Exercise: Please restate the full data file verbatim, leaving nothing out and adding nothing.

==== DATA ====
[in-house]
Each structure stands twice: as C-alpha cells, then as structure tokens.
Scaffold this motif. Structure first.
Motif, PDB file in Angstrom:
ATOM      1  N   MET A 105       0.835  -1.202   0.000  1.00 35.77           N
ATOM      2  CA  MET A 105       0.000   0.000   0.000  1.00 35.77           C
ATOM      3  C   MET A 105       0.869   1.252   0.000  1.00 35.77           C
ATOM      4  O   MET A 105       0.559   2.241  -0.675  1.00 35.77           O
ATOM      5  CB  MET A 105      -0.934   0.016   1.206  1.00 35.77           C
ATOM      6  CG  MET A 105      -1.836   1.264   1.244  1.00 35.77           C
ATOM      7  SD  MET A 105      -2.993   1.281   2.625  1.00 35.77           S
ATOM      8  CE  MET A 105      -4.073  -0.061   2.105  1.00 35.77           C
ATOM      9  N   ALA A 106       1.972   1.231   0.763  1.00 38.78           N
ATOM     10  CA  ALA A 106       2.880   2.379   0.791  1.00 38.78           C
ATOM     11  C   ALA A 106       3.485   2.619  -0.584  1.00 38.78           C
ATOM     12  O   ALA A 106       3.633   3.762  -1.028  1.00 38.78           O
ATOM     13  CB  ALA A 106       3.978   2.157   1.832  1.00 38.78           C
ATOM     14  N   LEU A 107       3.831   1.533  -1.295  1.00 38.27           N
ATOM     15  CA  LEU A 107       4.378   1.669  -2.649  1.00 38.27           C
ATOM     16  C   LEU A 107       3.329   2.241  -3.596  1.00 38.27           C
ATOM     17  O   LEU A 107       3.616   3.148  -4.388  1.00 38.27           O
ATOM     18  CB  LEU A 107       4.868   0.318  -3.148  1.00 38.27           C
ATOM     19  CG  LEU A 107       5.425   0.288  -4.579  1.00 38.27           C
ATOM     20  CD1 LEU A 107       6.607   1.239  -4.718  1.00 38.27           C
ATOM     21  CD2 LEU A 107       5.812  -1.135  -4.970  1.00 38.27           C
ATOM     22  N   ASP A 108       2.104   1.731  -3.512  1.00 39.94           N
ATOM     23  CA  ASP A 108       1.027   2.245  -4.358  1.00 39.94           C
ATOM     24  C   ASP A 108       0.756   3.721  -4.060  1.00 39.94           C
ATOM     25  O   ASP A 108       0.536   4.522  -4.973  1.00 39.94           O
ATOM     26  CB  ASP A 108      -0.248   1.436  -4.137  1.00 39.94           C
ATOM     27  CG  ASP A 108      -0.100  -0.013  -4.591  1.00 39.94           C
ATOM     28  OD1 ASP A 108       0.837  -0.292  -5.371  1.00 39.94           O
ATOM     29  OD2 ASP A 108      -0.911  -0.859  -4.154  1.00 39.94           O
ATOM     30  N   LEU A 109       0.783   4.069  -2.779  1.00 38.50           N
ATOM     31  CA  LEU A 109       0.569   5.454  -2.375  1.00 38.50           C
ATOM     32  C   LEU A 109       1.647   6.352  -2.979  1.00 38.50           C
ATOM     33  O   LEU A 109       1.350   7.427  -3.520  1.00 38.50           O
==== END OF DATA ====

[in-house]
Each structure stands twice: as C-alpha cells, then as structure tokens.
Scaffold this motif. Structure first.
Motif, PDB file in Angstrom:
ATOM      1  N   MET A 105       0.835  -1.202   0.000  1.00 35.77           N
ATOM      2  CA  MET A 105       0.000   0.000   0.000  1.00 35.77           C
ATOM      3  C   MET A 105       0.869   1.252   0.000  1.00 35.77           C
ATOM      4  O   MET A 105       0.559   2.241  -0.675  1.00 35.77           O
ATOM      5  CB  MET A 105      -0.934   0.016   1.206  1.00 35.77           C
ATOM      6  CG  MET A 105      -1.836   1.264   1.244  1.00 35.77           C
ATOM      7  SD  MET A 105      -2.993   1.281   2.625  1.00 35.77           S
ATOM      8  CE  MET A 105      -4.073  -0.061   2.105  1.00 35.77           C
ATOM      9  N   ALA A 106       1.972   1.231   0.763  1.00 38.78           N
ATOM     10  CA  ALA A 106       2.880   2.379   0.791  1.00 38.78           C
ATOM     11  C   ALA A 106       3.485   2.619  -0.584  1.00 38.78           C
ATOM     12  O   ALA A 106       3.633   3.762  -1.028  1.00 38.78           O
ATOM     13  CB  ALA A 106       3.978   2.157   1.832  1.00 38.78           C
ATOM     14  N   LEU A 107       3.831   1.533  -1.295  1.00 38.27           N
ATOM     15  CA  LEU A 107       4.378   1.669  -2.649  1.00 38.27           C
ATOM     16  C   LEU A 107       3.329   2.241  -3.596  1.00 38.27           C
ATOM     17  O   LEU A 107       3.616   3.148  -4.388  1.00 38.27           O
ATOM     18  CB  LEU A 107       4.868   0.318  -3.148  1.00 38.27           C
ATOM     19  CG  LEU A 107       5.425   0.288  -4.579  1.00 38.27           C
ATOM     20  CD1 LEU A 107       6.607   1.239  -4.718  1.00 38.27           C
ATOM     21  CD2 LEU A 107       5.812  -1.135  -4.970  1.00 38.27           C
ATOM     22  N   ASP A 108       2.104   1.731  -3.512  1.00 39.94           N
ATOM     23  CA  ASP A 108       1.027   2.245  -4.358  1.00 39.94           C
ATOM     24  C   ASP A 108       0.756   3.721  -4.060  1.00 39.94           C
ATOM     25  O   ASP A 108       0.536   4.522  -4.973  1.00 39.94           O
ATOM     26  CB  ASP A 108      -0.248   1.436  -4.137  1.00 39.94           C
ATOM     27  CG  ASP A 108      -0.100  -0.013  -4.591  1.00 39.94           C
ATOM     28  OD1 ASP A 108       0.837  -0.292  -5.371  1.00 39.94           O
ATOM     29  OD2 ASP A 108      -0.911  -0.859  -4.154  1.00 39.94           O
ATOM     30  N   LEU A 109       0.783   4.069  -2.779  1.00 38.50           N
ATOM     31  CA  LEU A 109       0.569   5.454  -2.375  1.00 38.50           C
ATOM     32  C   LEU A 109       1.647   6.352  -2.979  1.00 38.50           C
ATOM     33  O   LEU A 109       1.350   7.427  -3.520  1.00 38.50           O